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Talk To Your Partner About Eating Disorder Treatment: Make Your Voice Heard

by Bonnie Gordon

An eating disorder is a medical condition that affects millions of people, but yet, it is a condition that often seems to escape attention. This condition is sometimes ignored because people do not see it, but often, it is because people do not want to address it. 

In fact, it is often a challenge to bring up the idea of treatment to a spouse or partner. However, your ability to make your voice heard is very important to the wellbeing of the one you love. Learn what you can do to make your voice heard.

Focus on Awareness Not Blame

When you decide to have a discussion with your loved one about their eating disorder, you must make the conversation about awareness. It should not be about blame.

For example, you want to let them know that you have recognized the condition, but you do not fault them for their actions. Your spouse or partner likely already feels bad about their suffering and blame from you will send them further in the wrong direction, which is not helpful.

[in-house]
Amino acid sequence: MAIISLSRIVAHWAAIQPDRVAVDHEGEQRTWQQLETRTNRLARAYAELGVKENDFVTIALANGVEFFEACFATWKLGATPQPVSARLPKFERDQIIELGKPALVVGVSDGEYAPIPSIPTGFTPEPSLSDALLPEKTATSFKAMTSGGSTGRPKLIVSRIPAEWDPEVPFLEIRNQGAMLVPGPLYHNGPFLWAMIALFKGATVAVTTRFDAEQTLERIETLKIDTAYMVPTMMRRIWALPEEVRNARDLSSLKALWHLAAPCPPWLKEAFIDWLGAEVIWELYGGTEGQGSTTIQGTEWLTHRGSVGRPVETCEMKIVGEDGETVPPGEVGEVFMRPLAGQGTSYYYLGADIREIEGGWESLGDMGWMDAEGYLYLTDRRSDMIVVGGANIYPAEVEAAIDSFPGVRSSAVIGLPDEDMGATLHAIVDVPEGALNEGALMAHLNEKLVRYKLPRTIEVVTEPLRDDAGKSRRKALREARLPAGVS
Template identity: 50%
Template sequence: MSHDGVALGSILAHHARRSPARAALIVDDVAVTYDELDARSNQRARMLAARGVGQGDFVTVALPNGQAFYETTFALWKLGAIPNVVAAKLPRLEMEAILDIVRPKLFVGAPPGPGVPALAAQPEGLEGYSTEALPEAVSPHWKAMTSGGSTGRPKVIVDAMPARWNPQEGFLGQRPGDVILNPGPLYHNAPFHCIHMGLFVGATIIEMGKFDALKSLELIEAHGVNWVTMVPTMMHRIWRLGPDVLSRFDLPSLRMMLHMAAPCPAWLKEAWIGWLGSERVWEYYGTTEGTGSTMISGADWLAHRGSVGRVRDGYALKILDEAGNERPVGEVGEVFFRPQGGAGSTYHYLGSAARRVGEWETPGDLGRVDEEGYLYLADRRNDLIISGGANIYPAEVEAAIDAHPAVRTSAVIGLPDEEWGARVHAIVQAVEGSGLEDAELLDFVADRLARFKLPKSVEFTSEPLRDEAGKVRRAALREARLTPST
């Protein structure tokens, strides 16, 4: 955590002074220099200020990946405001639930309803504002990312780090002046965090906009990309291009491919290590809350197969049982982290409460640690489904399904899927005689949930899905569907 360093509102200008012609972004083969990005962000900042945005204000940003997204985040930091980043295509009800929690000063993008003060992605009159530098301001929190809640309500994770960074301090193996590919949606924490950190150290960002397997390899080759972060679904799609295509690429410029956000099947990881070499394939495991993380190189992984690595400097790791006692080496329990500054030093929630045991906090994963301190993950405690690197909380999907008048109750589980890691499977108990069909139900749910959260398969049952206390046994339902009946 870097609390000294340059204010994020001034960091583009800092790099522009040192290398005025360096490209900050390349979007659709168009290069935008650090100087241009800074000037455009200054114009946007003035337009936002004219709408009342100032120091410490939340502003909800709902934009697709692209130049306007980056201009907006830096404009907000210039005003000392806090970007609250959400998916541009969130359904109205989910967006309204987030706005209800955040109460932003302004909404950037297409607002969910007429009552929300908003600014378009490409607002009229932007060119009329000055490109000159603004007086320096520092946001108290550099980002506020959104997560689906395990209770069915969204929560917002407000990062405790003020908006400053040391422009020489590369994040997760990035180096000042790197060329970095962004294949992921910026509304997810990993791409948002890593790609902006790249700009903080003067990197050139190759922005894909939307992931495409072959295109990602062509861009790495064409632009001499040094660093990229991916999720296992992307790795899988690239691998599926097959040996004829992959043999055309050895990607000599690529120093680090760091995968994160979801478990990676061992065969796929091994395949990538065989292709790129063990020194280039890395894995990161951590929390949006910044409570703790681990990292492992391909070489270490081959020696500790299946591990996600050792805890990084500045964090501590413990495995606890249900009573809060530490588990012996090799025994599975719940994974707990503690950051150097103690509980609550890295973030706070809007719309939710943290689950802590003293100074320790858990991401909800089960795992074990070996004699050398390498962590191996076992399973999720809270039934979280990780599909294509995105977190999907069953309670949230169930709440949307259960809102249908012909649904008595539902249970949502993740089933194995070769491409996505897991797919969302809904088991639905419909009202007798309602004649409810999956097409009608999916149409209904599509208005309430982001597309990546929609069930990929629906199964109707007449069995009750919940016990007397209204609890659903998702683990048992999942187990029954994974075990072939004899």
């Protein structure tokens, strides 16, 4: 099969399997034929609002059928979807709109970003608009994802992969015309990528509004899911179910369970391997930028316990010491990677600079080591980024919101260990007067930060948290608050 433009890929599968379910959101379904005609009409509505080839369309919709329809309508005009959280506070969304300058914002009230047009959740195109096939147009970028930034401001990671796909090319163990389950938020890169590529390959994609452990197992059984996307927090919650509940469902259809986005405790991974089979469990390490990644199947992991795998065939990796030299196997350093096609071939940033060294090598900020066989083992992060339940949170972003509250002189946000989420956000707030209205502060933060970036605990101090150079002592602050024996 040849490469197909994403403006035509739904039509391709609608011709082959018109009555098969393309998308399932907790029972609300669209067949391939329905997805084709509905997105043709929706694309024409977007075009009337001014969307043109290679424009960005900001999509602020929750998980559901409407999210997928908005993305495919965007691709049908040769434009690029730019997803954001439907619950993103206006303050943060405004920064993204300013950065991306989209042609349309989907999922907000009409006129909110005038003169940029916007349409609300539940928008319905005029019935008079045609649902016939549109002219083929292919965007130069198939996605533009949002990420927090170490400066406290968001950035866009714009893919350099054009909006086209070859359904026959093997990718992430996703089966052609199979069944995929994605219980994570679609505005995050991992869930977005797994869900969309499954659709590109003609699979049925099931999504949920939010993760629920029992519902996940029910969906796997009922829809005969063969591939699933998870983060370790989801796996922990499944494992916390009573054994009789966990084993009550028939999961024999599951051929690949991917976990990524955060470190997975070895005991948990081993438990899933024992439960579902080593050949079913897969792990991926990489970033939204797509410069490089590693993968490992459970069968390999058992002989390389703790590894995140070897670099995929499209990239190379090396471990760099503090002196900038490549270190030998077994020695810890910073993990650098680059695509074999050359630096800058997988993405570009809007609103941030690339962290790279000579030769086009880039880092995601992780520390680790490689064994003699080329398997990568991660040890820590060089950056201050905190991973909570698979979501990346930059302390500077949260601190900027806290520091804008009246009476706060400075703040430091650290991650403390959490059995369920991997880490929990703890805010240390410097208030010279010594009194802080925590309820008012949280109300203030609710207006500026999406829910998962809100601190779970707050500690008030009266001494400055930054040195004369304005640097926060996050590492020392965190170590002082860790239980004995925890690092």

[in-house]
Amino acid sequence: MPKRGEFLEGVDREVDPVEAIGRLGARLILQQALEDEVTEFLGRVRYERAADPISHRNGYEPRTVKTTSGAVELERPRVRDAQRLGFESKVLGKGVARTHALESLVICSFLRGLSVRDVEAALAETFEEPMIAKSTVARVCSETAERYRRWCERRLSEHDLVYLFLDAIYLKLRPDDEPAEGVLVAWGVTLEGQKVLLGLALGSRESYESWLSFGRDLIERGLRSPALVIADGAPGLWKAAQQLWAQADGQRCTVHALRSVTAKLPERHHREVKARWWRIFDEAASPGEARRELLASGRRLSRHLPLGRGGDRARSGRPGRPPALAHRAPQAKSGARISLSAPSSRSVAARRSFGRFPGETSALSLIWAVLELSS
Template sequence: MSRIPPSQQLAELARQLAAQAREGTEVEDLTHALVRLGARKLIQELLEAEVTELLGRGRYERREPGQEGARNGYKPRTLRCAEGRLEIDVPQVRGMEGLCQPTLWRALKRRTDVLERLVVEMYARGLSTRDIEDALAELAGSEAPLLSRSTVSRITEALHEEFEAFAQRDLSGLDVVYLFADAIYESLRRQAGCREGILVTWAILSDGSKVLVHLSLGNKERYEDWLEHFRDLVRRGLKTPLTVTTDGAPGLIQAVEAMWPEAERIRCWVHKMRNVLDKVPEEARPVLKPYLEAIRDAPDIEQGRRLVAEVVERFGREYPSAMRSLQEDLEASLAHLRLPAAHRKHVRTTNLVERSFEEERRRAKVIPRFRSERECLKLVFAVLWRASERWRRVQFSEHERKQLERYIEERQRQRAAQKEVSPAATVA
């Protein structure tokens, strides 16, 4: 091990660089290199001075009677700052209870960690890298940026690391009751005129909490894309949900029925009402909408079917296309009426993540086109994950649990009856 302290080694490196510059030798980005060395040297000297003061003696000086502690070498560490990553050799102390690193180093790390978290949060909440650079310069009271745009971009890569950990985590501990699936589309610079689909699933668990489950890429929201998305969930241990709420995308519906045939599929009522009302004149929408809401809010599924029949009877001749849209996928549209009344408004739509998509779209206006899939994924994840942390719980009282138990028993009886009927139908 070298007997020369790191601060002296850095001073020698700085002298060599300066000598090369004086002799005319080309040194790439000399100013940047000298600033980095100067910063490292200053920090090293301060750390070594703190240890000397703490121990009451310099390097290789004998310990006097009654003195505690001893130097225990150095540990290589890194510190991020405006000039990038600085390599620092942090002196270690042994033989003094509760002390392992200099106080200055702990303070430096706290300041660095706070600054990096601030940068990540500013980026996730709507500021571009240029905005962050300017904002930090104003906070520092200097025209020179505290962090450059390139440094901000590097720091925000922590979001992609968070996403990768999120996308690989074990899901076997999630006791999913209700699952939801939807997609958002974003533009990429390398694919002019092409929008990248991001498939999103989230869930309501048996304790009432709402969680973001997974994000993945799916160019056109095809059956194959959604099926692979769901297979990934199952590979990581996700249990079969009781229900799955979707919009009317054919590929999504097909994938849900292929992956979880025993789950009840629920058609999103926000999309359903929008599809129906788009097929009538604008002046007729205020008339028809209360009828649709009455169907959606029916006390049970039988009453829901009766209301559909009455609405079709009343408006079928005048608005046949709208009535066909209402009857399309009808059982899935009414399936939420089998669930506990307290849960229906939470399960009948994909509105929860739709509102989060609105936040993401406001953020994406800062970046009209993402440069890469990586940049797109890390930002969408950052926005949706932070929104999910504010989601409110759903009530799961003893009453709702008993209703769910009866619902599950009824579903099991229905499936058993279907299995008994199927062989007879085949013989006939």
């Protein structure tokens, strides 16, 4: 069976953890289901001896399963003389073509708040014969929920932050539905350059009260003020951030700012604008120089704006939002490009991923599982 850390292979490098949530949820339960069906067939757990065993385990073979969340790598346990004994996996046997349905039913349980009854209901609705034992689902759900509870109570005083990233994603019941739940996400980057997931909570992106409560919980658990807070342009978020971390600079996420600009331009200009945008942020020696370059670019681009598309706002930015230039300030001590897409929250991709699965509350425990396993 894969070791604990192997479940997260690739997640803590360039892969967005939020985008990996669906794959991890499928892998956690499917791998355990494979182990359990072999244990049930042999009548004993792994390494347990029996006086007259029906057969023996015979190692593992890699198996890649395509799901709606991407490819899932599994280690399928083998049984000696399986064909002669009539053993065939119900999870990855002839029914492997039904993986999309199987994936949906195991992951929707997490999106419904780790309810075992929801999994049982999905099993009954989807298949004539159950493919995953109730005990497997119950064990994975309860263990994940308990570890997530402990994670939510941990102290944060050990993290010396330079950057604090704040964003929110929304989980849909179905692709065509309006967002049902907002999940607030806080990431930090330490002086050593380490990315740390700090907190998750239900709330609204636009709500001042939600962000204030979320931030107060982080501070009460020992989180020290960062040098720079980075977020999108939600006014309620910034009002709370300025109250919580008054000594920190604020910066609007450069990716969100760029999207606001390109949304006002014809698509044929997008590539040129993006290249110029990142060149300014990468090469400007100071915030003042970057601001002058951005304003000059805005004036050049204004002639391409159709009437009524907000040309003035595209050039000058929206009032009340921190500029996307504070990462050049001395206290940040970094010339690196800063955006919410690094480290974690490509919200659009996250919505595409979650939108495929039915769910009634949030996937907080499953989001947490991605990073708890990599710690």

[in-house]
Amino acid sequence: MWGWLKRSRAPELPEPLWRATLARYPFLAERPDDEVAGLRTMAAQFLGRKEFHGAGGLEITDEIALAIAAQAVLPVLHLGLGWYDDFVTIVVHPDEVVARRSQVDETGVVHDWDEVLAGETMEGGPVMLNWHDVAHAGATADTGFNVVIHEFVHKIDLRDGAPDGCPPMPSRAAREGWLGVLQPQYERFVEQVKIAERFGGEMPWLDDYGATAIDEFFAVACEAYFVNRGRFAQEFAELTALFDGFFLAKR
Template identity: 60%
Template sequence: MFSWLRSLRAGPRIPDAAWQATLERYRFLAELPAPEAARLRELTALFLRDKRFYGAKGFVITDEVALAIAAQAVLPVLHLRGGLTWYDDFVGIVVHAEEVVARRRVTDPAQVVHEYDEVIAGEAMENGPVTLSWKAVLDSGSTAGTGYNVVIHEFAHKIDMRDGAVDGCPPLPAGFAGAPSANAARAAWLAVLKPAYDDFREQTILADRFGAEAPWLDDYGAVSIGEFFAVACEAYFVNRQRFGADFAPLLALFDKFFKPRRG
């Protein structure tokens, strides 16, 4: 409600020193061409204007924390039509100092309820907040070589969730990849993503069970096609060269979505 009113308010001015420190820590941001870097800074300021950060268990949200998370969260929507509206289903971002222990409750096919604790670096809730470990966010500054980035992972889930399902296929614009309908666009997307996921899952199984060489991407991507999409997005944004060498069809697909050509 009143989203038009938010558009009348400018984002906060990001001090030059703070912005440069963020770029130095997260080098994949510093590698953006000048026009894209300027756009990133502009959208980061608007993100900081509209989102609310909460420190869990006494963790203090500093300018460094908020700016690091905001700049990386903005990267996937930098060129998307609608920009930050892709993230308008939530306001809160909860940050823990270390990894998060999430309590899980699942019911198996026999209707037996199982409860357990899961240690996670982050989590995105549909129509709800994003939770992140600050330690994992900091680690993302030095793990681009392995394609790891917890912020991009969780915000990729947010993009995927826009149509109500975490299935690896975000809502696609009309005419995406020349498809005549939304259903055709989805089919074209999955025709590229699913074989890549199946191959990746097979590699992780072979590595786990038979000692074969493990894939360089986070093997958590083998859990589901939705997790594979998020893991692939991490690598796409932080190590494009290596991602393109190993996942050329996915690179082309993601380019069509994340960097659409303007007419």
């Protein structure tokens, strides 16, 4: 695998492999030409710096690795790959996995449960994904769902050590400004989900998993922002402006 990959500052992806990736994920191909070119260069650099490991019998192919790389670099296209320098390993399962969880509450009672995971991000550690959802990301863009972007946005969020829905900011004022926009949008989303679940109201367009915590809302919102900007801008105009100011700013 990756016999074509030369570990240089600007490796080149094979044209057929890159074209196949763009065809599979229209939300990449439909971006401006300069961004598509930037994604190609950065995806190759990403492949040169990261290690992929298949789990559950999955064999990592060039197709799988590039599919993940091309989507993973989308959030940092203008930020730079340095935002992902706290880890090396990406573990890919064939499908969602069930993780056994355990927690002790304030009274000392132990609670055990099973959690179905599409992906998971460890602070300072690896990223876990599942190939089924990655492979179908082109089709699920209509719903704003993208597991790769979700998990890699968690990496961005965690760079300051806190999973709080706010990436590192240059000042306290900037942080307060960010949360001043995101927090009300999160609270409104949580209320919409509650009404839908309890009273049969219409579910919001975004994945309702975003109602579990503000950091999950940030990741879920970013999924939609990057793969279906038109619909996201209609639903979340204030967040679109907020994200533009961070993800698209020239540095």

Be Informed on Treatment

Make sure you have an idea of what treatment looks like. An important thing to remember about eating disorders is that not only are there different types of disorders, but there are also different triggers or risk-factors for each person. For this reason, treatment varies widely.

You want to be informed so that you know how to help. For example, with binge eating, certain foods often serve as a trigger. The dietitian may then recommend that these foods not be kept in the house. You want to know the treatment process so that you know how to help.

Be an Active Participant

You should also aim to be an active participant in your loved one's treatment journey. For example, some treatment programs allow close family members to join the participant in certain sessions. If this opportunity is extended and your partner wants you to come, make it a point to be there.

Some programs also host group sessions for partners and caregivers of individuals who suffer from eating disorders. These sessions offer you information on more ways to help your loved one and also get the support you might not have realized you needed. 

Remember, treatment and the road to recovery is not a short journey; it will take time. Make sure you are not just committing to speaking up, but that you will also be there as your loved one takes this path.

For more information, contact an eating disorder treatment center in your area.